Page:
Emily Winters ‘21
Minors: English and Gender Studies
Faculty Mentor: Dr. Katherine Epstein, Associate Professor of History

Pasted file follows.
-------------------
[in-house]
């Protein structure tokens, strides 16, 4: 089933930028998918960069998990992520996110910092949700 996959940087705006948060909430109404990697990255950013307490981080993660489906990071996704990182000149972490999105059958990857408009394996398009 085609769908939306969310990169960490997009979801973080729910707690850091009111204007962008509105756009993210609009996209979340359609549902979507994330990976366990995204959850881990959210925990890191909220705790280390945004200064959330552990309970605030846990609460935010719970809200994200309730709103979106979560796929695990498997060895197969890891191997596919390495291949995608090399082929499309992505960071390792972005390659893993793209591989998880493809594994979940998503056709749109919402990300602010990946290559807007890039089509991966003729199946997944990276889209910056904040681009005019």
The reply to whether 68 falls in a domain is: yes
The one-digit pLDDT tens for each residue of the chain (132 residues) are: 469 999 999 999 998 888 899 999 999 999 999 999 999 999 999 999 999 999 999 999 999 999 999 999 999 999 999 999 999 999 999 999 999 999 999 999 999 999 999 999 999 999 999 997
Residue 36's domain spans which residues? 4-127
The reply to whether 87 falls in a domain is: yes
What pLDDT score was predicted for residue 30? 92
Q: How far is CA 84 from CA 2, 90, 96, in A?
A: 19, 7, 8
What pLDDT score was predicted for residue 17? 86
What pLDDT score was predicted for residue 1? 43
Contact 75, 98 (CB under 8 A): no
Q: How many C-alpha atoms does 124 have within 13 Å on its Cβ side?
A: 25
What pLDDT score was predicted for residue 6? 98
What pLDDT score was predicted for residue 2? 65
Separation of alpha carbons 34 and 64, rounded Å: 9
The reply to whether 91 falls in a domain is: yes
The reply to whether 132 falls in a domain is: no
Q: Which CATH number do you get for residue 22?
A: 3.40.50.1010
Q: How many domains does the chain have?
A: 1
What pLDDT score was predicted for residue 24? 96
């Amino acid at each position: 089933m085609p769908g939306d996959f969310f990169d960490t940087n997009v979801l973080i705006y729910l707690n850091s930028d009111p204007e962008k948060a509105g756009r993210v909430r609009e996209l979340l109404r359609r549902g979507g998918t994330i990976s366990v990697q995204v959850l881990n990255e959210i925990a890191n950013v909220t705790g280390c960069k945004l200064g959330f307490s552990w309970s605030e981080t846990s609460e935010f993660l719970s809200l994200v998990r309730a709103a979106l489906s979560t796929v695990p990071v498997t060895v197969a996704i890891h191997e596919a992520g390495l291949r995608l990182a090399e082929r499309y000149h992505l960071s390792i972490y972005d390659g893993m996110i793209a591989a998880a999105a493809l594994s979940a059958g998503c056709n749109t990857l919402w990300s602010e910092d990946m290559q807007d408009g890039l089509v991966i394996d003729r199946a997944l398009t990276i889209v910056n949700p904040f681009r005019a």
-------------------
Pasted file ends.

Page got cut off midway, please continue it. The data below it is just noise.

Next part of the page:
During the Fall 2020 Semester, I researched the New York Times’ and the London Times’ reporting on gas warfare use during the First World War. Scouring through the two papers’ historical databases, results were eventually narrowed into around five-hundred issues of each paper in which gas use was mentioned in some substantial way. Several broad trends emerged. For example, both papers engaged in the debate over gas warfare’s morality versus its potential utility. Initially, Britain and then-neutral America reported that Germany’s gas warfare use on the fields of Ypres in 1915 breached the moral codes of the so-called “civility” that colonizing countries used to measure warfare. By using so-called “savage science,” Germany had forfeited its claim amongst “civilized” nations. This impetus to use racializing hierarchical language when referring to German gas warfare use is evident in other well-known linguistic occurrences such as the German as “Hun” moniker that abounded throughout the war. Though more often than not the New York Times utilized similar language when referring to German gas use prior to Allied retaliation, there is evidence that prior to America’s entrance in the war, the New York Times indeed tried to adopt a modicum of neutrality, citing sources from Berlin and the German frontlines. Following Allied gas retaliation, the papers were quick to emphasis that Allied gas use was not Germany’s immoral scientific barbarism, but rather the justified act of a forced hand. Thus, the question of gas warfare’s immorality became less emphasized than debates over its usefulness. The two papers generally determined that gas warfare was a primarily psychological tool that was useful in conjunction with other weapons such as artillery. While this paper’s primary source section attempted to understand the New York Times’ and the London Times’ reporting on gas warfare use from 1915-1918, historiographical research focused on gas casualty lists’ reliability, newspaper censorship and propaganda during the First World War, and the wider debate over gas use’s morality.